Practice variation in the transfer of premature infants from incubators to open cots in Australian and New Zealand neonatal nurseries: Results of an electronic survey Academic Article uri icon

abstract

  • BACKGROUND: The incubator environment is essential for optimal physiological functioning and development of the premature infant but the infant is ultimately required to make a successful transfer from incubator to open cot in order to be discharged from hospital. Criteria for transfer lack a systematic approach because no clear, specific guideline predominates in clinical practice. Practice variation exists between continents, regions and nurseries in the same countries, but there is no recent review of current practices utilised for transferring premature infants from incubators to open cots. OBJECTIVE: To document current practice for transferring premature infants to open cots in neonatal nurseries. DESIGN: A descriptive, cross-sectional survey. SETTINGS: Twenty-two neonatal intensive care units and fifty-six high dependency special care baby units located in public hospitals in Australia and New Zealand. PARTICIPANTS: A sample of 78 key clinical nursing leaders (nurse unit managers, clinical nurse consultants or clinical nurse specialists) within neonatal nurseries identified through email or telephone contact. METHODS: Data were collected using a web-based survey on practice, decision-making and strategies utilised for transferring premature infants from incubators to open cots. Descriptive statistics (frequencies and crosstabs) were used to analyse data. Comparisons between groups were tested for statistical significance using Chi-squared or Fisher's exact test. RESULTS: Significant practice variation between countries was found for only one variable, nursing infants clothed (p=0.011). Processes and practices undertaken similarly in both countries include use of incubator air control mode, current weight criterion, thermal challenging, single-walled incubators and heated mattress systems. Practice variation was significant between neonatal intensive care units and special care baby units for weight range (p=0.005), evidence-based practice (p=0.004), historical nursery practice (p=0.029) and incubator air control mode (p=0.001). Differences in these variables were also found between nurseries in metropolitan and rural locations. CONCLUSIONS: Practice variation exists however; many practices are uniformly performed throughout neonatal nurseries in Australian and New Zealand. Commonality was seen between countries and in nurseries with a neonatal intensive care unit. Variation was significant between neonatal intensive care units and special care baby units and nurseries in metropolitan and rural locations.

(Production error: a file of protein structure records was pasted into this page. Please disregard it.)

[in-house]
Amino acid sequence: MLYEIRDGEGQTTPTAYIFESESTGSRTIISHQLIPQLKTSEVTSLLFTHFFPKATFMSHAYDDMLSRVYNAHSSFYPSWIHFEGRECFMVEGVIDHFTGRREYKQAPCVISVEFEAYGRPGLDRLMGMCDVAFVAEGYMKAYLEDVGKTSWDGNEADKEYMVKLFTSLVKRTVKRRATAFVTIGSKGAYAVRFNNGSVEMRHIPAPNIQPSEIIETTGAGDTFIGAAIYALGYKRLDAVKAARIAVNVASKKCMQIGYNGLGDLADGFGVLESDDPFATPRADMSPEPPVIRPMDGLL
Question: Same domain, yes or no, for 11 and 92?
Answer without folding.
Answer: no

publication date

  • June 2010

has subject area